Renewable energy advocates have said that infrastructure upgrades, particularly with the nation’s electricity grid, are key to promote widespread deployment of wind and solar power.
In an interview with Zenger News, Amy Farrell, American Clean Power Association senior vice president of government and public affairs said that a build-out of higher-capacity electrical transmission lines was a critical step to meet the group’s ambitious goal of making renewable energy 50 percent of the nation’s power supply by 2030. Renewable energy currently supplies around 17 percent of the nation’s electricity.
In fact, a report from the association and Wood Mackenzie concludes that much of the progress toward this goal can be done through presidential action, with little need for legislation, though Ferrell said legislation was crucial for the necessary infrastructure upgrades to make hitting the goal possible.
“There’s a lot of opportunity to address climate change in the infrastructure space,” Ferrell said.
When included in other legislation, Republicans have tended to keep provisions that focused on climate action, one congressional staffer said during an Atlantic Council forum last November. For example, Republican leaders in the Senate kept climate change provisions in a highway funding bill that was under consideration by the then-Republican-controlled Senate in 2020.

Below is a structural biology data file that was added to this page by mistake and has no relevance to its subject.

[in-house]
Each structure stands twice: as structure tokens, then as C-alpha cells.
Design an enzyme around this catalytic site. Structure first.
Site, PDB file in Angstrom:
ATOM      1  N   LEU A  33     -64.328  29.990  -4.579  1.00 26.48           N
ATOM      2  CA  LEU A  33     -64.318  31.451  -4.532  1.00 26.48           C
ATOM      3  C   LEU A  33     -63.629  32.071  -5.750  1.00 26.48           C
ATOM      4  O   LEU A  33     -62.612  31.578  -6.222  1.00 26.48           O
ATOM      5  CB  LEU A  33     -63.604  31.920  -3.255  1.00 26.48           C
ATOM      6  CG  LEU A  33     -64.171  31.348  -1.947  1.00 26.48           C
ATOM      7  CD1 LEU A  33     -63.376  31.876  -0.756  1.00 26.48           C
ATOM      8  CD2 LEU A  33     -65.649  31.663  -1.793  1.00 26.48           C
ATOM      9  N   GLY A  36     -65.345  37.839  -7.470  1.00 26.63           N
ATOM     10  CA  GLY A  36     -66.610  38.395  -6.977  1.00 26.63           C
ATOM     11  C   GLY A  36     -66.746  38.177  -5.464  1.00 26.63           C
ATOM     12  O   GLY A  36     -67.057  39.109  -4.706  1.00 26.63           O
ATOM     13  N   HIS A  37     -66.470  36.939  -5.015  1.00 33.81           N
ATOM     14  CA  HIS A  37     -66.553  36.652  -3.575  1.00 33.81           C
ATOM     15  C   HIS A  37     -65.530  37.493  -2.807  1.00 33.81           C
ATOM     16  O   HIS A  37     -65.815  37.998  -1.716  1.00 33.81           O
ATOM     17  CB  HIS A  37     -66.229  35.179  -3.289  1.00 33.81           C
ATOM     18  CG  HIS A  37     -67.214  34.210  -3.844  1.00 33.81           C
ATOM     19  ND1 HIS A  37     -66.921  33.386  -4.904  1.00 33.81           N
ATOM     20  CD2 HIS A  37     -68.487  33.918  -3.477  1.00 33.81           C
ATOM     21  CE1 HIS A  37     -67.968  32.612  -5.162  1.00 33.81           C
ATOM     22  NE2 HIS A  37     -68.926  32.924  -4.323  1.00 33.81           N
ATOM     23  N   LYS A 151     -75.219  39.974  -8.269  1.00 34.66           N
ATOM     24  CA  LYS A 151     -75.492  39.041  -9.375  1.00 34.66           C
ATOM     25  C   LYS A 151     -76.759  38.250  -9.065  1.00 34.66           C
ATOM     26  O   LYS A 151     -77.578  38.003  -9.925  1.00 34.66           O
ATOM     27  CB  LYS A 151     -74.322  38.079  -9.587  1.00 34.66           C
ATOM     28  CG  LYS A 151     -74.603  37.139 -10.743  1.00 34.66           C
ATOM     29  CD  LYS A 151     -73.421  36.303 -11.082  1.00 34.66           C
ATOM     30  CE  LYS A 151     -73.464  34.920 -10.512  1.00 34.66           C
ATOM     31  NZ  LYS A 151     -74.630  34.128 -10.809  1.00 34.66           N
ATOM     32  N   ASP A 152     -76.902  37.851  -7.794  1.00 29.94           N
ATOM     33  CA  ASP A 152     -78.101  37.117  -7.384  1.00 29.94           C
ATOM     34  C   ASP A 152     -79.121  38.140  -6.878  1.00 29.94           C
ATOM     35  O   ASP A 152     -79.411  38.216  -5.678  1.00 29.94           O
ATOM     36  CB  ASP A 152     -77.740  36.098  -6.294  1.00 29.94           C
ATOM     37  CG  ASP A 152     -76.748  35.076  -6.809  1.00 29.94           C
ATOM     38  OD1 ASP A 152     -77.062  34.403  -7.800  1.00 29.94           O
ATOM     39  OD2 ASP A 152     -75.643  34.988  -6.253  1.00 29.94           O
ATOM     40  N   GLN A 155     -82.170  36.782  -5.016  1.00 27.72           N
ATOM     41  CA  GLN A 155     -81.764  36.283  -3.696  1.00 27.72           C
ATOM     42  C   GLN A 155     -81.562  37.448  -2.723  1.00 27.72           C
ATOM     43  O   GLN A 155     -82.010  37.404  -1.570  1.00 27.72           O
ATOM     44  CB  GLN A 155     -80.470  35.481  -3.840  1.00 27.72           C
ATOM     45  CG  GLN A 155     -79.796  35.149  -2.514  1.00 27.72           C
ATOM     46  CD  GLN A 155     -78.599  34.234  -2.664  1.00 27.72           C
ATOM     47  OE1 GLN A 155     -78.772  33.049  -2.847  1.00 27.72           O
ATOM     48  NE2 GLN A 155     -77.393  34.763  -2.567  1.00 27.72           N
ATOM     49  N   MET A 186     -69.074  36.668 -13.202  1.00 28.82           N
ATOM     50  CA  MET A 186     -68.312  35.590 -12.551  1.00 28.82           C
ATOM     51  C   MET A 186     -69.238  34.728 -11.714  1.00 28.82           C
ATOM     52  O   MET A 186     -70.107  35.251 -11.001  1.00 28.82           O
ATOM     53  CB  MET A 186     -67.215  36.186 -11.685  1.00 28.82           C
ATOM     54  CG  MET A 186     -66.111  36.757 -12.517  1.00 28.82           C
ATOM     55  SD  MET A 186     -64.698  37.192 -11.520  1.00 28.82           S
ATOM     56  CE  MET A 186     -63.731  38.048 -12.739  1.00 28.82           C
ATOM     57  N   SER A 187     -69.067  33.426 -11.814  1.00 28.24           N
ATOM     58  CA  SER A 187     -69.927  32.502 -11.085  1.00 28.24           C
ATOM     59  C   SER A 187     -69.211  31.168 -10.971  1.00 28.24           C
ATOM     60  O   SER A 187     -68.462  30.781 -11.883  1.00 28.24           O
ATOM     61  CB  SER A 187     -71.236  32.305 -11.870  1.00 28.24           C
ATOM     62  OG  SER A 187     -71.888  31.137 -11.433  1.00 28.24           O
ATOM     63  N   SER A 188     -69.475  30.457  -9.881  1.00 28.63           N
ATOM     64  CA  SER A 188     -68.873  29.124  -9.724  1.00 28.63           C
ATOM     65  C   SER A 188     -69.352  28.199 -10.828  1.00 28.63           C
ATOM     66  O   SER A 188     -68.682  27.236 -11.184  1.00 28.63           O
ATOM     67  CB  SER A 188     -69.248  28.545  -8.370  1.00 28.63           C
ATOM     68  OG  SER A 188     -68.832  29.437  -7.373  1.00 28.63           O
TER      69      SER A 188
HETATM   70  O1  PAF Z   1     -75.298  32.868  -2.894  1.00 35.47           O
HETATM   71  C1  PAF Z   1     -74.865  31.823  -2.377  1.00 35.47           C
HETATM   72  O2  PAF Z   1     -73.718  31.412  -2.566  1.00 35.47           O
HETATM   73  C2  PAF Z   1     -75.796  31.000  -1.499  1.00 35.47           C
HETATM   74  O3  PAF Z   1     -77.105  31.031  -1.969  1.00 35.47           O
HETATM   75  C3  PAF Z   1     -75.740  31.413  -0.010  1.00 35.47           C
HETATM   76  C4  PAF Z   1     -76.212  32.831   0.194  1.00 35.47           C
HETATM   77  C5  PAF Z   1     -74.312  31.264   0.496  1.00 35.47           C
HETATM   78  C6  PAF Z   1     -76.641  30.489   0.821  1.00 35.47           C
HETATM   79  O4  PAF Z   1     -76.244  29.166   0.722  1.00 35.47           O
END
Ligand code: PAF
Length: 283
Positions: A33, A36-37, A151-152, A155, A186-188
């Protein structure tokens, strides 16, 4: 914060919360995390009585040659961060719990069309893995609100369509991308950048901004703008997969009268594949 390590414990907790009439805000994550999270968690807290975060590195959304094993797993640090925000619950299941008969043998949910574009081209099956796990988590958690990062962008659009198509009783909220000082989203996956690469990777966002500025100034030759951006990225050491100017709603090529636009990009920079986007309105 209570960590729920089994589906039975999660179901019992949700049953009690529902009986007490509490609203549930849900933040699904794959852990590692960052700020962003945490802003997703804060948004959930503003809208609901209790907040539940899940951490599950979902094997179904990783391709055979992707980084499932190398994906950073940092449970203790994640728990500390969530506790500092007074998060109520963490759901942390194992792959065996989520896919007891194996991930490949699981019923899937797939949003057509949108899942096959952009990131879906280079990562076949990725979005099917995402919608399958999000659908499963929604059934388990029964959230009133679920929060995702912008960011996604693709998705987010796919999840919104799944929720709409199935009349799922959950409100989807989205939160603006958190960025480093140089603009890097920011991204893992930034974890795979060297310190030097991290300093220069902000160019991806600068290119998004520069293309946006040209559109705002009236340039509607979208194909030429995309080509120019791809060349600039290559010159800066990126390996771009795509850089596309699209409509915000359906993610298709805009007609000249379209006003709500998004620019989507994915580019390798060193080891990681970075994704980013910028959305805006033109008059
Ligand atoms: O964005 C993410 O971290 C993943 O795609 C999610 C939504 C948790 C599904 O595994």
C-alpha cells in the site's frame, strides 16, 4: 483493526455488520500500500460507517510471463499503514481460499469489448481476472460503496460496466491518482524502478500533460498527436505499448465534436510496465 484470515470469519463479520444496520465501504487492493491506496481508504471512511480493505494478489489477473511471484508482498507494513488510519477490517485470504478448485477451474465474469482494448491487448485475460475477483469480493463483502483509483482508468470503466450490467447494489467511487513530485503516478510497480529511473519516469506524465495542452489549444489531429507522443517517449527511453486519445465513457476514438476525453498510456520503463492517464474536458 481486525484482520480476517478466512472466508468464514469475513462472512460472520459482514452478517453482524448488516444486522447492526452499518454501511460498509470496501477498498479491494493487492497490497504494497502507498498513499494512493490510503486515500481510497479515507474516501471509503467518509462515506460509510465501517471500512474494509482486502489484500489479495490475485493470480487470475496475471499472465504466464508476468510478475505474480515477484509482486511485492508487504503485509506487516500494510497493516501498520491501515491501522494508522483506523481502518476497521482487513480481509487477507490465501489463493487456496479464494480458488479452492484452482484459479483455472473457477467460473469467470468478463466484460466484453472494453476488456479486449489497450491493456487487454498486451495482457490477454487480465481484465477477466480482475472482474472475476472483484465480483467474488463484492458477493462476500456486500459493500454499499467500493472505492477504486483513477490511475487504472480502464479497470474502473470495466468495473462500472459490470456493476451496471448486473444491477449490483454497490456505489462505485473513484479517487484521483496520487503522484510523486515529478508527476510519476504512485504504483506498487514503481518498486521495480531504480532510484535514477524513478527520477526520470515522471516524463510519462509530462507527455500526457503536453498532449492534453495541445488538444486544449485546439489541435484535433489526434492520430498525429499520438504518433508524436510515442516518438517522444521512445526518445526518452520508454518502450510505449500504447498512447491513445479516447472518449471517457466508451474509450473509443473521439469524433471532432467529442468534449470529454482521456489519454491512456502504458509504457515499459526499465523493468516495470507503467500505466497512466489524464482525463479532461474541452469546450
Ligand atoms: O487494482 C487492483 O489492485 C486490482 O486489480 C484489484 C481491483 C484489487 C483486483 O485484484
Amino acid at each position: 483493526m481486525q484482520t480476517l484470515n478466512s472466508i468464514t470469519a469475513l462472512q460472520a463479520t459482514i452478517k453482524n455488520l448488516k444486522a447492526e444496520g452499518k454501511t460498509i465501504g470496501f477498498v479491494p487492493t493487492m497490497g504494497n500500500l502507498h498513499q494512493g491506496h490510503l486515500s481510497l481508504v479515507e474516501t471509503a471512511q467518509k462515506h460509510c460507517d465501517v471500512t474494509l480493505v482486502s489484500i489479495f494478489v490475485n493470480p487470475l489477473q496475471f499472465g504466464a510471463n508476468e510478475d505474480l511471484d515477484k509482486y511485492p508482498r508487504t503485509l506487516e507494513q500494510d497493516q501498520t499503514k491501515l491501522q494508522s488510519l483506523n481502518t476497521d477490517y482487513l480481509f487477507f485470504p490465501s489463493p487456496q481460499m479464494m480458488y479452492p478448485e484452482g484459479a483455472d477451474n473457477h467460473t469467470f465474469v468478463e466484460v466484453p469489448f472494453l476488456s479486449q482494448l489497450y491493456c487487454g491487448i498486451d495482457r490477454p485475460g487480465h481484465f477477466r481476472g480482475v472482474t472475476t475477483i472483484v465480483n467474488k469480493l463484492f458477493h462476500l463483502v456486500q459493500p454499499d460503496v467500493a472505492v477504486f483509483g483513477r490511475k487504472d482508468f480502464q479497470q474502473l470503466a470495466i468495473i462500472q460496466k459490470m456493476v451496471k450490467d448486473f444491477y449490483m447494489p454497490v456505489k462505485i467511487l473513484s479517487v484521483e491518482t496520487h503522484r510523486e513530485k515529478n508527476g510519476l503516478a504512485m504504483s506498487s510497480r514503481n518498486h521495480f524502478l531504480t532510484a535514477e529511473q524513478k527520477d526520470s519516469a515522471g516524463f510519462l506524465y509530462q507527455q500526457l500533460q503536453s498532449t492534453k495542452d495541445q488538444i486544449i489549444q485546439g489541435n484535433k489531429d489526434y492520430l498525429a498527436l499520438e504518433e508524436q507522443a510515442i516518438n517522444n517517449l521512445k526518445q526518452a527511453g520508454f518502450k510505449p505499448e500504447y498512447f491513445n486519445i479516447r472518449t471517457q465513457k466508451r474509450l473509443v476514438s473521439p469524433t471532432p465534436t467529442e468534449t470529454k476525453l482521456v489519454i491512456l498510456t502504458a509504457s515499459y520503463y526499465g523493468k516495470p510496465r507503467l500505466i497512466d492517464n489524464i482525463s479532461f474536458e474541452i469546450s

“That gives me optimism that in a new Congress we can craft an infrastructure package that will have significant climate benefits,” said Ana Unruh Cohen, staff director for the House Select Committee on the Climate Crisis. “I foresee investing in the electric grid, investing in electric vehicles, additional renewable tax incentives, and continuing some of these policies that has helped keep the U.S. federal government supporting clean energy and climate.”
One union representative said that prior efforts to address climate change, like the controversial Green New Deal, “demonized” certain projects, such as pipeline construction.
“Climate change is real, but let’s not be unrealistic when addressing it,” said Yvette Pena-O’Sullivan, executive director of Laborers’ International Union of North America. “Congress will need to stay away from issues that only divide, like the Green New Deal. Let’s build a clean economy and create good jobs along with it.”
Another area where climate change may be addressed is through agricultural policy. The Environmental Protection Agency said that the agriculture industry produces 10 perent of U.S. greenhouse gas emissions. During his campaign, Biden indicated that the agriculture industry would be included in climate change policy, while advocates for the sector hailed the progress it has already made.
“Agriculture will continue to play an important role in helping the world adapt to and mitigate climate change, but U.S. farmers and ranchers can’t do it alone: partners are needed to help balance economic sustainability with environmental sustainability,” wrote John Newton, chief economist for the American Farm Bureau Federation.
(Edited by Matthew B. Hall and Bryan Wilkes)